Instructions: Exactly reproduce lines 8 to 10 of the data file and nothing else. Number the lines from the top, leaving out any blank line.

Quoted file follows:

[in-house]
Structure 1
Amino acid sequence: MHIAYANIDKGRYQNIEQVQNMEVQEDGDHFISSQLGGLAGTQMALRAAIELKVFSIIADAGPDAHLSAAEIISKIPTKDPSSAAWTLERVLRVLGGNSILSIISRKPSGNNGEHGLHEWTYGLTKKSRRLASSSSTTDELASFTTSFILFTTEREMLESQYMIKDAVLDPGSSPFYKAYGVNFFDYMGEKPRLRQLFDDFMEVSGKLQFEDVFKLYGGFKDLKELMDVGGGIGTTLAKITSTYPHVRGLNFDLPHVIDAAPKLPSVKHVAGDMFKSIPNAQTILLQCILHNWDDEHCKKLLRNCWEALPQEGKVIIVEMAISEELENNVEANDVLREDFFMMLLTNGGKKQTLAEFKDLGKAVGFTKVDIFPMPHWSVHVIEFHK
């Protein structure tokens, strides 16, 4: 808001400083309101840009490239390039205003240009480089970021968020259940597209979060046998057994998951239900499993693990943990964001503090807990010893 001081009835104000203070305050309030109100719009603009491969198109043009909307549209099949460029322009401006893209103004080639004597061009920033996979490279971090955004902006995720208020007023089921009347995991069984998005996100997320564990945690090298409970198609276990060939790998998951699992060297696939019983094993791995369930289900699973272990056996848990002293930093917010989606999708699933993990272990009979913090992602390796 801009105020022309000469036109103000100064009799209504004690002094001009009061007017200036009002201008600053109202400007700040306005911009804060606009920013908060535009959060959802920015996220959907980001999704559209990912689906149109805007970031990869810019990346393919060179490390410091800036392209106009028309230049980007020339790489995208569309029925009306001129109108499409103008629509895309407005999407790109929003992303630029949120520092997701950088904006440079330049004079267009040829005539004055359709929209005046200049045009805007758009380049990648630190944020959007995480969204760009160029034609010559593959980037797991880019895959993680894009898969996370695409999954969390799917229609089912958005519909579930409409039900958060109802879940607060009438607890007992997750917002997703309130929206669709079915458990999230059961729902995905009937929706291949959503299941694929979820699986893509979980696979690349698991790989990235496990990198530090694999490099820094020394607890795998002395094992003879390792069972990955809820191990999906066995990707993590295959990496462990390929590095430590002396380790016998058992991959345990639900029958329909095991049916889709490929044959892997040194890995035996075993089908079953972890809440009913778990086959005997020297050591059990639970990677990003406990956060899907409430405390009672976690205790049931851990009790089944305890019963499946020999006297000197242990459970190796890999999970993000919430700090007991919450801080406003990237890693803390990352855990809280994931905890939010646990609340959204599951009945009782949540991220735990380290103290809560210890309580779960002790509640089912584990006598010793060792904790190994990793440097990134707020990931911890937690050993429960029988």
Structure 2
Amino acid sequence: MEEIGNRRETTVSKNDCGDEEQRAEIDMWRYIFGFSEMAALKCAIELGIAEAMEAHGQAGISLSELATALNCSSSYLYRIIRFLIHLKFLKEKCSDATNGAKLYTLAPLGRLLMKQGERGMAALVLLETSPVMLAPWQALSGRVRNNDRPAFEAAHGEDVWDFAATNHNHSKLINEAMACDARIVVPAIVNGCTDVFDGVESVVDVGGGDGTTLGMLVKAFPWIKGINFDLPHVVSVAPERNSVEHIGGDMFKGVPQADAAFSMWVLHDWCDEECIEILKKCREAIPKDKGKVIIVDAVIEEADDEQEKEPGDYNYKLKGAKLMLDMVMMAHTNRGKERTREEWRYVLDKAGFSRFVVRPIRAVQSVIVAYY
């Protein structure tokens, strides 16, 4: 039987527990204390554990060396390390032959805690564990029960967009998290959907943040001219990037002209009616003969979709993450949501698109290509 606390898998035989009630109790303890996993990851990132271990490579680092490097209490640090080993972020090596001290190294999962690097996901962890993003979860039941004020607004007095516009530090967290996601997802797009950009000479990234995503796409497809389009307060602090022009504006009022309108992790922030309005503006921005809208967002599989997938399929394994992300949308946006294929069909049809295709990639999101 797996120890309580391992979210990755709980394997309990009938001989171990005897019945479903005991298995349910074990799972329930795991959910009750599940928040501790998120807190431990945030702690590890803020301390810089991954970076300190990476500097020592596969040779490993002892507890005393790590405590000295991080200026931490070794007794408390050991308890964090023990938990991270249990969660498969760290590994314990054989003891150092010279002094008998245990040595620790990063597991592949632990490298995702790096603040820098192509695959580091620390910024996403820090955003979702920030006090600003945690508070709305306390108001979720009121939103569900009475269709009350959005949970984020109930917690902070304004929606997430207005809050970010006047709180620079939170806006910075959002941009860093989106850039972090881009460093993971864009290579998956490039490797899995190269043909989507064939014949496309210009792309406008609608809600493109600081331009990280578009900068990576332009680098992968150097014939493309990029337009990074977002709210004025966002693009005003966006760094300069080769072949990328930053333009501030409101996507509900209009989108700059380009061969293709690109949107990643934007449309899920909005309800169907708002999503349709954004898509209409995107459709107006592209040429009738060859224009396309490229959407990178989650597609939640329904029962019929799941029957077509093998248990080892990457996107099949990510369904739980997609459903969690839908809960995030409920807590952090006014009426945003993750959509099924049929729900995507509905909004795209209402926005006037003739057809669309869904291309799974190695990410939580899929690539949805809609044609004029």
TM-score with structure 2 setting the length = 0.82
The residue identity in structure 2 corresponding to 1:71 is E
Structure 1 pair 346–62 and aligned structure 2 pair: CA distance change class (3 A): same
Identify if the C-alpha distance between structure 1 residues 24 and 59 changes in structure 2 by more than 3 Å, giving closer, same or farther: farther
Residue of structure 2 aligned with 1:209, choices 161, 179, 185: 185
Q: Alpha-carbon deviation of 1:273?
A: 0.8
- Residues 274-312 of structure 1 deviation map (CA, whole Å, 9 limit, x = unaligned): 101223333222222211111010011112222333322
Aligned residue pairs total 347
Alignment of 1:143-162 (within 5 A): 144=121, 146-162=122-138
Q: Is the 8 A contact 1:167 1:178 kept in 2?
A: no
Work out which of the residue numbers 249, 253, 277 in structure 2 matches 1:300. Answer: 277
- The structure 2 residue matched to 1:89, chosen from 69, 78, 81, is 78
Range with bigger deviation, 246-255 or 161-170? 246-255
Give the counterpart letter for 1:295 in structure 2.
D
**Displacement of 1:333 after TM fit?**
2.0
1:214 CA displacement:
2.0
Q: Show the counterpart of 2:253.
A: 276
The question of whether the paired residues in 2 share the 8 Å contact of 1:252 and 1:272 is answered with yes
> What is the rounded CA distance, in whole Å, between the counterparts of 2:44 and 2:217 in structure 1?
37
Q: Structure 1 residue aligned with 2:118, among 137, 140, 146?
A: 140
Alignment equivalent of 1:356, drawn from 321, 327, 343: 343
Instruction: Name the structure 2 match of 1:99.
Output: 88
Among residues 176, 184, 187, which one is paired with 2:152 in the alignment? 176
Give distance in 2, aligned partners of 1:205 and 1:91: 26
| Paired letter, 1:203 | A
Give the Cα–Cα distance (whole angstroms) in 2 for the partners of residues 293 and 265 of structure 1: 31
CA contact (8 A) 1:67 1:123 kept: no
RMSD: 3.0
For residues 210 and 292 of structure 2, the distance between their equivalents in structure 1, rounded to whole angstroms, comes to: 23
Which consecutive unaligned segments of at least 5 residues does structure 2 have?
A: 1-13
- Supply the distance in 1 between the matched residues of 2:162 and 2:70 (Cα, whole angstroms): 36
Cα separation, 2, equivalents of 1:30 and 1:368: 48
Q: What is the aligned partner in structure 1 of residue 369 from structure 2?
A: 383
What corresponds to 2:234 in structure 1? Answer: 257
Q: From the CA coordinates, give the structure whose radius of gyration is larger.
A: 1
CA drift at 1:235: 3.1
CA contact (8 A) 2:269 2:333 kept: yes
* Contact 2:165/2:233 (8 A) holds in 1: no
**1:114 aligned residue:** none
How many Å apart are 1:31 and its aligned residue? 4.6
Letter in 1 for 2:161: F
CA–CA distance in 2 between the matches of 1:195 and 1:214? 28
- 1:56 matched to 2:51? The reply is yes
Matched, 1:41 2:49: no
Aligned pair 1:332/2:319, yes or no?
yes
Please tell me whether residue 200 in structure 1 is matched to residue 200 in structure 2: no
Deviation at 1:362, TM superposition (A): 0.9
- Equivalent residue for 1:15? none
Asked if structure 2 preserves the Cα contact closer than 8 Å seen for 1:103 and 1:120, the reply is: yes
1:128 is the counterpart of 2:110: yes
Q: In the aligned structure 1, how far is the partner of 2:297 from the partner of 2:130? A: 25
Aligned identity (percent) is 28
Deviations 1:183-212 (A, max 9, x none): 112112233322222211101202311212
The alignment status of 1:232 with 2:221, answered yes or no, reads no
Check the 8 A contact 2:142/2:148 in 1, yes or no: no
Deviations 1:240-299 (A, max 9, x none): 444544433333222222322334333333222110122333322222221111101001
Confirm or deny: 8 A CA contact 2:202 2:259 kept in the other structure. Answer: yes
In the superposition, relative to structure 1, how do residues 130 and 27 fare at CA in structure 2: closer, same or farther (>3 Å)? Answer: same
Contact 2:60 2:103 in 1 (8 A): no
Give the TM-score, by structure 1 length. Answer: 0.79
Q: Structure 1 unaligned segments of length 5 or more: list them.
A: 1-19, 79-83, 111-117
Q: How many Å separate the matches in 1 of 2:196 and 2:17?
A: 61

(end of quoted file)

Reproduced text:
TM-score with structure 2 setting the length = 0.82
The residue identity in structure 2 corresponding to 1:71 is E
Structure 1 pair 346–62 and aligned structure 2 pair: CA distance change class (3 A): same